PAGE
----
"There was about 7000 emails and messages, and, there was a certain level of responsibility that I felt that I had to do something with all of this information, and all this heart ache... there is right around the world, of people hating their bodies."
She started the Body Image Movement and crowd funded a ground-breaking documentary called Embrace which asks the question – why do we hate our bodies?
"I'm proud that it's inspiring women to take positive change and positive steps in their lives cause so many brilliant minds and brilliant women are being anchored down by thought they have about their bodies."
"Bodies they're actually not ornaments they're vehicles they drive us in life."
The response to Taryn’s message has been overwhelming – her movie a worldwide hit. Instead of flocking to booty events to change their bodies, these women are celebrating acceptance.
"It is lovely to see that conversation start happening because the shame associated with being a female and saying, "you know what, I'm okay with my body'," Psychologist Louise Adams said.
"We're given this message that having the most important part of having a baby is what you look like afterwards and it's not."
"I feel for women - we already hate ourselves. Nine out of 10 already hate ourselves, and then we get pregnant and our bodies get even bigger and then they kind of get unrecognisable after birth."
Louise is encouraging less perfection from the role models on social media and more reality from women like Taryn.
"I think that's an extreme way of saying it. I think that there needs to be a movement towards her looking like a human being, not necessarily bedraggled but like a human being. If science is showing us that we have skyrocketing levels of eating disorders, body dissatisfaction in almost every living human woman, we need to do something about it," she said.
"We're given this message that the most important part of having a baby is what you look like afterwards and it's not. We need to focus back on having a baby is a life changing experience and asking celebrity new mums for example, "how's it going? What's it like to have a baby? How are you bonding?"
"Looking after yourself is just as important as looking after your baby."
Ashy Bines's career as a personal trainer started with one small boot camp in Burleigh Heads on the Gold Coast.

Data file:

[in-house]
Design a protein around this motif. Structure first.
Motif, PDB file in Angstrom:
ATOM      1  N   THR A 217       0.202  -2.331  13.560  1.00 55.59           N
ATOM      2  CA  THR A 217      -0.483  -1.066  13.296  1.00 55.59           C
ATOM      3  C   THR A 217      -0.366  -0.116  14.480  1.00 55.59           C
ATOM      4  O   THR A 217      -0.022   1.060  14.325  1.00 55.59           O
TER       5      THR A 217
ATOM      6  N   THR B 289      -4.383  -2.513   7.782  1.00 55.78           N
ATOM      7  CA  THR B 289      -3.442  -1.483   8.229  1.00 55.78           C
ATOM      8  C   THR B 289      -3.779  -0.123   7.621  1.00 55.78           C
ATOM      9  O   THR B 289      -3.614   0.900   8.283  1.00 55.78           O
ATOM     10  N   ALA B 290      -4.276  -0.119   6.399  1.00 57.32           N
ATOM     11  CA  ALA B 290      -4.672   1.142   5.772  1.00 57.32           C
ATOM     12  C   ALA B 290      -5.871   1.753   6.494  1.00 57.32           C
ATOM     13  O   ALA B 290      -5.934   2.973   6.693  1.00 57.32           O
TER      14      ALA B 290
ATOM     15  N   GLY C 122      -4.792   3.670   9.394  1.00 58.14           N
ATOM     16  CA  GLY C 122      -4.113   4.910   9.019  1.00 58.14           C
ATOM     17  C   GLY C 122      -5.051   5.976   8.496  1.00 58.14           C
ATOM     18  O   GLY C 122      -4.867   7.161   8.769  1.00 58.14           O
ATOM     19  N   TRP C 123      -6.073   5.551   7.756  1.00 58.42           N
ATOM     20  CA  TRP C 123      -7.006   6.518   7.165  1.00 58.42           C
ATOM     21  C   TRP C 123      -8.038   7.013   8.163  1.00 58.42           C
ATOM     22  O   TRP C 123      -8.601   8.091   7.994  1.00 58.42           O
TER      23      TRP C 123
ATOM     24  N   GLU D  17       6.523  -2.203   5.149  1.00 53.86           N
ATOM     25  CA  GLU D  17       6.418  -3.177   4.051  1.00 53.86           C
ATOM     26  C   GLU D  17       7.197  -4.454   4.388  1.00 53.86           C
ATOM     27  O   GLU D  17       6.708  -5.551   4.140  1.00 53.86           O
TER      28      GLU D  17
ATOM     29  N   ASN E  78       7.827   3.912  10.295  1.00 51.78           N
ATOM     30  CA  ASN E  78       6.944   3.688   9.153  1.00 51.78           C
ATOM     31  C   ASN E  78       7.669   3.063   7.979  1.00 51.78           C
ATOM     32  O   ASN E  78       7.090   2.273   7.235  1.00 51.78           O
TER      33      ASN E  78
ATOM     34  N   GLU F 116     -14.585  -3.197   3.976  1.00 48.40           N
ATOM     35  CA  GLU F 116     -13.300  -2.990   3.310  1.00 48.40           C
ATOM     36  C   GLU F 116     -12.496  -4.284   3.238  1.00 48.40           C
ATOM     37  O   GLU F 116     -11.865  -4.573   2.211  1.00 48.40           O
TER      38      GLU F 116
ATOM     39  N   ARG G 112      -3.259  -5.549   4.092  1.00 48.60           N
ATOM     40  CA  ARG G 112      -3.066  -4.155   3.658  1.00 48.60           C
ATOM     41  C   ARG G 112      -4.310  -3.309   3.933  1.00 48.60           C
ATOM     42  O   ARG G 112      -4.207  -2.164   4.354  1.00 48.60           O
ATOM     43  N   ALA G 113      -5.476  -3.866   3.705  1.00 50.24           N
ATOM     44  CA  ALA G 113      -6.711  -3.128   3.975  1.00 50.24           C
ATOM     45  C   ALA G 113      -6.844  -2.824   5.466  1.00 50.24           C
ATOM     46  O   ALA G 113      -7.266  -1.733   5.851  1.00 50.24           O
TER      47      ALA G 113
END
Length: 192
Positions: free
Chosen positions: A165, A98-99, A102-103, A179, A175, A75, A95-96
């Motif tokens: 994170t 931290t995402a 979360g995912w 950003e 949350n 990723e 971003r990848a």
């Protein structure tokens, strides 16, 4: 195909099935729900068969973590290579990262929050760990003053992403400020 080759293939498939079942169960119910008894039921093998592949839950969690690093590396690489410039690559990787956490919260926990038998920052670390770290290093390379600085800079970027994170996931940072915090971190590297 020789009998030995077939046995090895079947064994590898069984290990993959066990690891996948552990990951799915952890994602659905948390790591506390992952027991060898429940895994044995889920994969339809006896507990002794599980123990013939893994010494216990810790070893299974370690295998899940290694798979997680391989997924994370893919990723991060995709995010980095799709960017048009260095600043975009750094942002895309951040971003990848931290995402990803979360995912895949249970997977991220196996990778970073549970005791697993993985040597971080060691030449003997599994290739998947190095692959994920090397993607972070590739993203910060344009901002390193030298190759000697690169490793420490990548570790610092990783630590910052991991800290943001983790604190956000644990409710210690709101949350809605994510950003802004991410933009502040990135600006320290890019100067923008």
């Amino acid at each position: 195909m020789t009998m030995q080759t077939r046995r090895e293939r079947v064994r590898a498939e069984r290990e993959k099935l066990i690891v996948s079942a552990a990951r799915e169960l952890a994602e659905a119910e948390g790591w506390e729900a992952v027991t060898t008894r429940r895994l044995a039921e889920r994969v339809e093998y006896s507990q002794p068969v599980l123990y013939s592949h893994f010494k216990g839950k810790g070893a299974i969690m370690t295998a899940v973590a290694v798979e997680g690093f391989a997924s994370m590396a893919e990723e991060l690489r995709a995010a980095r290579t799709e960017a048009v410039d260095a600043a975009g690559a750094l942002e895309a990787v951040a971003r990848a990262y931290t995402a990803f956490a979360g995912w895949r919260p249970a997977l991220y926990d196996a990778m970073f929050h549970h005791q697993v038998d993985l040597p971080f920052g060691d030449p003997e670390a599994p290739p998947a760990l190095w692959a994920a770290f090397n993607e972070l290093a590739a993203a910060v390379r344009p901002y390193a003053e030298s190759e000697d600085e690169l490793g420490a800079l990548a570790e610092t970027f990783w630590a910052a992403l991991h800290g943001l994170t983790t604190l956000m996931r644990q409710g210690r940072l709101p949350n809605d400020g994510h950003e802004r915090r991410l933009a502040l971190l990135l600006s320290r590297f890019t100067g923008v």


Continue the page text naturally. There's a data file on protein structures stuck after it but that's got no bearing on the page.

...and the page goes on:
Seven years later, it's grown into a global hot pink empire and the fitness phenomenon has four million followers on social media.
Ashy's online programs include the 28-Day Booty Challenge, which includes exercise and nutrition guides enabling women to tailor their own workouts. There's also the original Ashy Bines Bikini Body Challenge (ABBBC), a 12-week group training program held at more than 70 locations in Australia and New Zealand.
Find more information about Ashy, her programs and world booty tour.
Filmmaker and author Taryn Brumfitt is an internationally recognised body image activist and the creator behind social impact documentary Embrace. Taryn's message has reached over 100 million people worldwide ... and counting.
Embrace, which explores the issue of body image, was supported by nearly 9000 Kickstarter pledgers who responded to a fundraising trailer Taryn released in 2014. She was inspired to make the film after posting an unconventional
before-and-after image on the internet in 2013 that sparked a media frenzy.
Taryn is on a quest to redefine and rewrite the ideals of beauty. The Body Image Movement (BIM) is an internationally recognised crusade that recognises the importance of body diversity by encouraging people to be more accepting of who they are, to use positive language regarding their bodies and others, and to prioritise health before beauty.
Embrace sees Taryn traverse the globe talking to experts, women in the street and well-known personalities about the alarming rates of body image issues that are seen in people of all body types. Taryn bares all (literally) to explore the factors contributing to this problem and seeks to find solutions.
And for more information about the Body Image Movement: www.bodyimagemovement.com
Daegan Coyne is a fitness and health advocate and Body Science sponsored athlete.
Her husband is Joseph Coyne, Australia's only exercise physiologist, sports nutritionist and full body ART practitioner. He is also currently the Performance Manager for EXOS & the Chinese Olympic Committee national teams in Beijing, China. Daegan trains out of Joseph's centre on the Gold Coast.
Coyne Sports Injury & Performance Clinic + CrossFit Caesar is a multi-disciplinary clinic located in Burleigh Heads. The clinic offers chiropractic, exercise physiology, naturopathy and strength and conditioning services. They also have a holistic performance orientated personal training and nutrition service that caters for people who want to lose body fat, rehabilitate injuries and athletes that want to take their performance to the next level.
Together, Daegan and Joseph say they eat clean, stay active, and train hard, while maintaining a positive and healthy lifestyle in every shape and form.
To learn more:
Clinical psychologist and author Louise Adams believes that our culture's obsession with physical perfection is feeding an epidemic of disordered eating and body dissatisfaction.
Louise is determined to make a difference in changing our society's messaging about dieting, weight loss, and body image. Louise promotes health practices for their own sake rather than to achieve appearance change. She is pro body diversity and believes that people can be happy and experience health improvements at a range of sizes.
Louise is the director of Treat Yourself Well Sydney, a specialist psychology clinic for health and wellbeing. Louise and her team use an evidence based non-diet approach to help empower people to live healthier, happier and more meaningful lives.
Find out more about Treat Yourself Well Sydney.